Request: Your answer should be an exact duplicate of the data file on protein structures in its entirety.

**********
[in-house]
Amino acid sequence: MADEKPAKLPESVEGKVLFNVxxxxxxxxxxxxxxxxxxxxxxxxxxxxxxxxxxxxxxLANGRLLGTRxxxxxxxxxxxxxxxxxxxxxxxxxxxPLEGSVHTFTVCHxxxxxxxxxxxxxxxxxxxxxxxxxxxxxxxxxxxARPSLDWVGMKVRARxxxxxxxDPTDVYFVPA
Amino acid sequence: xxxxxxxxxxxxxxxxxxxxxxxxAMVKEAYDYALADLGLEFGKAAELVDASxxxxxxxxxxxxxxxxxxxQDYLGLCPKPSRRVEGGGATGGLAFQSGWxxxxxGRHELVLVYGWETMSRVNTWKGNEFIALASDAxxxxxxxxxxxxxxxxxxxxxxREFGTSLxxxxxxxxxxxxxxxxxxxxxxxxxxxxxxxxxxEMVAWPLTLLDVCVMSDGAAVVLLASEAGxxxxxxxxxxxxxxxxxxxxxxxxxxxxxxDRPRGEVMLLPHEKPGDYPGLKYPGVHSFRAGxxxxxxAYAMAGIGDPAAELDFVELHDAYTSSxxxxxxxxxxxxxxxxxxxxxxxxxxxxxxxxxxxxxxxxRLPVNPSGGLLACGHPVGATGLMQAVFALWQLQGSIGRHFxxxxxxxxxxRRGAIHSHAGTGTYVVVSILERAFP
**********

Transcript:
[in-house]
Amino acid sequence: MADEKPAKLPESVEGKVLFNVxxxxxxxxxxxxxxxxxxxxxxxxxxxxxxxxxxxxxxLANGRLLGTRxxxxxxxxxxxxxxxxxxxxxxxxxxxPLEGSVHTFTVCHxxxxxxxxxxxxxxxxxxxxxxxxxxxxxxxxxxxARPSLDWVGMKVRARxxxxxxxDPTDVYFVPA
Amino acid sequence: xxxxxxxxxxxxxxxxxxxxxxxxAMVKEAYDYALADLGLEFGKAAELVDASxxxxxxxxxxxxxxxxxxxQDYLGLCPKPSRRVEGGGATGGLAFQSGWxxxxxGRHELVLVYGWETMSRVNTWKGNEFIALASDAxxxxxxxxxxxxxxxxxxxxxxREFGTSLxxxxxxxxxxxxxxxxxxxxxxxxxxxxxxxxxxEMVAWPLTLLDVCVMSDGAAVVLLASEAGxxxxxxxxxxxxxxxxxxxxxxxxxxxxxxDRPRGEVMLLPHEKPGDYPGLKYPGVHSFRAGxxxxxxAYAMAGIGDPAAELDFVELHDAYTSSxxxxxxxxxxxxxxxxxxxxxxxxxxxxxxxxxxxxxxxxRLPVNPSGGLLACGHPVGATGLMQAVFALWQLQGSIGRHFxxxxxxxxxxRRGAIHSHAGTGTYVVVSILERAFP